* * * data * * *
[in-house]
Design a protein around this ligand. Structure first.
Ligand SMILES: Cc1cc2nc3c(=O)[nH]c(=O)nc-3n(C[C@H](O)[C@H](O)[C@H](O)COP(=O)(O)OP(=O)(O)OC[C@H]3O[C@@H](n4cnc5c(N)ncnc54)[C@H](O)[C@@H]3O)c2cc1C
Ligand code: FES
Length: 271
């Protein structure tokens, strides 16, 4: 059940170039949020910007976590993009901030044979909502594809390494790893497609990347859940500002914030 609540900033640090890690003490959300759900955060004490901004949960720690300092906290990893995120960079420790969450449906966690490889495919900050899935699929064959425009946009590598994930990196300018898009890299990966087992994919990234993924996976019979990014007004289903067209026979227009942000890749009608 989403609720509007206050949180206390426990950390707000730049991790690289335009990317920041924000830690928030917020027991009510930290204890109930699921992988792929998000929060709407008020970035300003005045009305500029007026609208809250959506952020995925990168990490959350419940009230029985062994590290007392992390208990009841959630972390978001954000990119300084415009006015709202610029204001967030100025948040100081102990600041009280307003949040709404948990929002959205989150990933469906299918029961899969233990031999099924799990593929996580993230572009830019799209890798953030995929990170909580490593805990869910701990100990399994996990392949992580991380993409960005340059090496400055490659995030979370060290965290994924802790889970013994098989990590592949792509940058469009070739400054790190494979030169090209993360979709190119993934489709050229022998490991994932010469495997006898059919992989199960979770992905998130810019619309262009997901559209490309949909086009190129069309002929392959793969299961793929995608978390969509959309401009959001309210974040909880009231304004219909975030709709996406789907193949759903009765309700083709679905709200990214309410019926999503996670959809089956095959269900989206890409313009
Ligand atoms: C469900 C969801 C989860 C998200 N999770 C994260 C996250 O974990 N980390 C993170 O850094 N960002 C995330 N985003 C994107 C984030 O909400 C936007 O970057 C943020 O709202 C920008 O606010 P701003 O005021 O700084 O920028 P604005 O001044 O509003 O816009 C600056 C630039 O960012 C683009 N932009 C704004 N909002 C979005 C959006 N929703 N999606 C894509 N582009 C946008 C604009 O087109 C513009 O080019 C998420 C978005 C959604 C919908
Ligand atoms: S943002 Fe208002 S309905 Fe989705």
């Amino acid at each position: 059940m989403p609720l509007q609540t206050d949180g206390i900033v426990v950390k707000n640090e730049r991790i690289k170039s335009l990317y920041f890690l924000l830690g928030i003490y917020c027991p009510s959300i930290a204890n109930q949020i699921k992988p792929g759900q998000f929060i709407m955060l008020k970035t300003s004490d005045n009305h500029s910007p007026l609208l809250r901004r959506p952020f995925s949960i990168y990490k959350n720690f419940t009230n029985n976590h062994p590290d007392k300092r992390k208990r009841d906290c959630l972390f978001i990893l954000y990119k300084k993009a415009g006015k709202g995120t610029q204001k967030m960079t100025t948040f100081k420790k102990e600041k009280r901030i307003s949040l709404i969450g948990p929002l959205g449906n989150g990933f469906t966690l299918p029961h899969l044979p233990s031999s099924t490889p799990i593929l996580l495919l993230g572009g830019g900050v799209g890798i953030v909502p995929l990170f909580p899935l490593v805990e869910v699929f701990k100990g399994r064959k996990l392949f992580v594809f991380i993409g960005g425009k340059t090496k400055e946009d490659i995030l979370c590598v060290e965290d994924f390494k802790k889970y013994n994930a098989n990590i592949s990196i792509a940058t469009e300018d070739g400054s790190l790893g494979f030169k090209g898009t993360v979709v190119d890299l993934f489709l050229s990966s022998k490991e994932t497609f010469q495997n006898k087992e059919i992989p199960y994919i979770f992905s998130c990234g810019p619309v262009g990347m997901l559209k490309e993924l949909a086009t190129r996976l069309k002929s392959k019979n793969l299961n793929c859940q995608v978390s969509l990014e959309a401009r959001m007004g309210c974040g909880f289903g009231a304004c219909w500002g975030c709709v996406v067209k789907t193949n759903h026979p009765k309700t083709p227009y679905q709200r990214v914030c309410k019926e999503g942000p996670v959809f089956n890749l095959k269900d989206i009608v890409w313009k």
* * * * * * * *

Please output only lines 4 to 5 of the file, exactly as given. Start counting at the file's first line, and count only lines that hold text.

Ligand code: FES
Length: 271